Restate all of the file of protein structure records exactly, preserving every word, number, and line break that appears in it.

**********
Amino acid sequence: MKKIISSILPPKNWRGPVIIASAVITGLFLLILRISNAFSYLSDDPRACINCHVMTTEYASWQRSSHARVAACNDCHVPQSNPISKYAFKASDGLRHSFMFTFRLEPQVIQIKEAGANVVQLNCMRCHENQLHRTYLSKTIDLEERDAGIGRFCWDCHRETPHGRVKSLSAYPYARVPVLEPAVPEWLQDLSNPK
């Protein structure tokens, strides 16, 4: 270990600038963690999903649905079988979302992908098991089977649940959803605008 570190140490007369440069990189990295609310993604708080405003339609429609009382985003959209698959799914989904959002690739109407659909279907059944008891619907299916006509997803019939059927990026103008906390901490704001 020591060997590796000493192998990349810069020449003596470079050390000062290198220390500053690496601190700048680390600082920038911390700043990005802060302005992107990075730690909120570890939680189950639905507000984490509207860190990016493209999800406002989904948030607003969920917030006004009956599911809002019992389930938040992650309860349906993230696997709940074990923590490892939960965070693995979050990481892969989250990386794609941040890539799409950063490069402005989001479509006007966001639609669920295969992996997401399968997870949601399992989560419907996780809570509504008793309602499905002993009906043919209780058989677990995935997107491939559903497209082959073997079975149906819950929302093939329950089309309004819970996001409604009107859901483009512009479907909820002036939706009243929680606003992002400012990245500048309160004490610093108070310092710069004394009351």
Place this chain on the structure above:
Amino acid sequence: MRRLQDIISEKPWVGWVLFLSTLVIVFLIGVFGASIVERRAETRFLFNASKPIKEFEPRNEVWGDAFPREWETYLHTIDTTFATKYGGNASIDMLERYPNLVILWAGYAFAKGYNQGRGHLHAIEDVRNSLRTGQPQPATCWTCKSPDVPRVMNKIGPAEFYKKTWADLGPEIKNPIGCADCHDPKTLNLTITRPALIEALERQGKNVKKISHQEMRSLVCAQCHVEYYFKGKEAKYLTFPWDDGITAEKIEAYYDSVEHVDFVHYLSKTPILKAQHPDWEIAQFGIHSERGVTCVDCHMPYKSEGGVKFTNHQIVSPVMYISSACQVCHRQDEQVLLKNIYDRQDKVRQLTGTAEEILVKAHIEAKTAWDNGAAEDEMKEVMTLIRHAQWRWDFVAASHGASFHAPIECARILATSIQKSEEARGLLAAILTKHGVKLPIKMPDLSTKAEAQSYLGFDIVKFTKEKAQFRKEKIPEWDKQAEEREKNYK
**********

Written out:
Amino acid sequence: MKKIISSILPPKNWRGPVIIASAVITGLFLLILRISNAFSYLSDDPRACINCHVMTTEYASWQRSSHARVAACNDCHVPQSNPISKYAFKASDGLRHSFMFTFRLEPQVIQIKEAGANVVQLNCMRCHENQLHRTYLSKTIDLEERDAGIGRFCWDCHRETPHGRVKSLSAYPYARVPVLEPAVPEWLQDLSNPK
């Protein structure tokens, strides 16, 4: 270990600038963690999903649905079988979302992908098991089977649940959803605008 570190140490007369440069990189990295609310993604708080405003339609429609009382985003959209698959799914989904959002690739109407659909279907059944008891619907299916006509997803019939059927990026103008906390901490704001 020591060997590796000493192998990349810069020449003596470079050390000062290198220390500053690496601190700048680390600082920038911390700043990005802060302005992107990075730690909120570890939680189950639905507000984490509207860190990016493209999800406002989904948030607003969920917030006004009956599911809002019992389930938040992650309860349906993230696997709940074990923590490892939960965070693995979050990481892969989250990386794609941040890539799409950063490069402005989001479509006007966001639609669920295969992996997401399968997870949601399992989560419907996780809570509504008793309602499905002993009906043919209780058989677990995935997107491939559903497209082959073997079975149906819950929302093939329950089309309004819970996001409604009107859901483009512009479907909820002036939706009243929680606003992002400012990245500048309160004490610093108070310092710069004394009351």
Place this chain on the structure above:
Amino acid sequence: MRRLQDIISEKPWVGWVLFLSTLVIVFLIGVFGASIVERRAETRFLFNASKPIKEFEPRNEVWGDAFPREWETYLHTIDTTFATKYGGNASIDMLERYPNLVILWAGYAFAKGYNQGRGHLHAIEDVRNSLRTGQPQPATCWTCKSPDVPRVMNKIGPAEFYKKTWADLGPEIKNPIGCADCHDPKTLNLTITRPALIEALERQGKNVKKISHQEMRSLVCAQCHVEYYFKGKEAKYLTFPWDDGITAEKIEAYYDSVEHVDFVHYLSKTPILKAQHPDWEIAQFGIHSERGVTCVDCHMPYKSEGGVKFTNHQIVSPVMYISSACQVCHRQDEQVLLKNIYDRQDKVRQLTGTAEEILVKAHIEAKTAWDNGAAEDEMKEVMTLIRHAQWRWDFVAASHGASFHAPIECARILATSIQKSEEARGLLAAILTKHGVKLPIKMPDLSTKAEAQSYLGFDIVKFTKEKAQFRKEKIPEWDKQAEEREKNYK